Chocolate has some pretty amazing qualities. It is rich and satisfying, while containing anti-oxidants and flavonoids, and is said to even help reduce stress. As we pass the bakery, the whiff of baked chocolate tickles our noses and sends us to a happy place where we imagine ourselves sitting in a quiet place indulging in our heavenly bites. Suddenly everything in our dreamland is perfect and everyone is behaved. Then the voice of numerical value wakes us up as we recall the high calorie cost of even sniffing. Quickly we bat away the image and like a dream it came and went, like so many other good thoughts.
The healthful benefits have been well touted over the past several years. Though we know the healthful benefits, we tend to associate chocolate with high calories. Most calorie-counters avoid the temptation of taste indulgence. Understanding most chocolate desserts have lots of butter and sugar, we know that if it has “Double Chocolate” in the title we must run the other way. Before you throw those running shoes on and dash away, maybe there is something we can do about this…
It has been a long day and you are running around the grocery store feeling rushed and maybe overwhelmed as you consider the day and recalling everything you needed. Then you approach the store’s Bakery. Deep down you know that your grandmother’s recipe is much better than the store’s, but the store has it all ready for you to take home now. Whispering inside of you is a small voice giving a list of reasons why you NEED or DESERVE this treat. The attractive decorations and trays seem almost irresistible. One of two things tend to happen. One you choose to heed the confectionery calling. Two you run away, pretending to not have even noticed its existence. After all, the numbers just don’t add up for you. The results tend to be a feeling of guilt or deprivation. Neither leaves you with a positive relationship with food or self image. Sure you can feel good about resisting temptation, but it lasts for a moment and becomes a negative reinforcement with the goods of culinary life.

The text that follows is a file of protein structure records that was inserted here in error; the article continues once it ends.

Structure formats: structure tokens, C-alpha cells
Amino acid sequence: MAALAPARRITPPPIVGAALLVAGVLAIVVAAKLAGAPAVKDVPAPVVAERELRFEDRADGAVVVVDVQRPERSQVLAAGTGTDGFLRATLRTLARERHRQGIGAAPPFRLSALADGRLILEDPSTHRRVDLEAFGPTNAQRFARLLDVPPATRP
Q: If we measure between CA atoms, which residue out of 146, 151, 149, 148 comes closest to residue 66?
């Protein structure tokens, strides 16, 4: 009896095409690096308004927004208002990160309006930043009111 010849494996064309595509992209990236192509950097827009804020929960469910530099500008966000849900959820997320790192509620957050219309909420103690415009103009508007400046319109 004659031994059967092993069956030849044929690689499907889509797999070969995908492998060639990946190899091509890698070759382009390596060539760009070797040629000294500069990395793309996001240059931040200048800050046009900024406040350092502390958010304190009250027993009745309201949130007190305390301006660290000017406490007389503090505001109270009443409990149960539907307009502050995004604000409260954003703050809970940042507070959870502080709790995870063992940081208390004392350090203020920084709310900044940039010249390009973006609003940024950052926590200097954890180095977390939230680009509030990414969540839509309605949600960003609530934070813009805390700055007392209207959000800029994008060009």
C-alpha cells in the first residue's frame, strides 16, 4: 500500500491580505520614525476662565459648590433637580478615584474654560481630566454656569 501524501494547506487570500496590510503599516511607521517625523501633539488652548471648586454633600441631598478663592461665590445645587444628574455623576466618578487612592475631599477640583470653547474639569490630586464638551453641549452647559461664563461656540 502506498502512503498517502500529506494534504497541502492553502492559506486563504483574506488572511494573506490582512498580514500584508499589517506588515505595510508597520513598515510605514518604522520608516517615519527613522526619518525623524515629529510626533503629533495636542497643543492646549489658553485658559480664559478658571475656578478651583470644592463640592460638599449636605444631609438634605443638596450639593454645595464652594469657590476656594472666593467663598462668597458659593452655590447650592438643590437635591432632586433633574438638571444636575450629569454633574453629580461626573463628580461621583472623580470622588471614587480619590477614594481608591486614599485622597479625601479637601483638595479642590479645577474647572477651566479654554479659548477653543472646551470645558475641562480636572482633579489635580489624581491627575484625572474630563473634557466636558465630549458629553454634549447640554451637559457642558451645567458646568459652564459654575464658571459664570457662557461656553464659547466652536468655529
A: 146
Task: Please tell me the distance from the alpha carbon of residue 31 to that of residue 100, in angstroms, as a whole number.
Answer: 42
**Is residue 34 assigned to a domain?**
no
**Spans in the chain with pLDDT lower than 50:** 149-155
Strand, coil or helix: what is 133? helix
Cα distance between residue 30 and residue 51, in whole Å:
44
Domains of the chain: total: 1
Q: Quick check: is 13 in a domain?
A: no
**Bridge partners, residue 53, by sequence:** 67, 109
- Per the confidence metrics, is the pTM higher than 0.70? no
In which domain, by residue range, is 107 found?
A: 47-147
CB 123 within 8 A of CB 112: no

Food should not be the emotional crutch we rely on to get us through life. However, to deny its ability to influence our mood, success, or relationships is a mistake. Our relationship with food can be powerful. It can be a means to cope reliably, it can be our mortal enemy (for various reasons), it can be a means to communicate love, or even a venue to enjoy a bit of good in this world. Healthy relationships with food come from moderation and balance. This relationship can be key to overall wellness. I am sure you know, especially in the tone written, which are healthy ways to relate to food and which are not. You even know from personal experience. Guilt can lower your worth and feeling deprived can make you distant. Finding balance can be difficult, but I have a few ways to help you find that balance for yourself.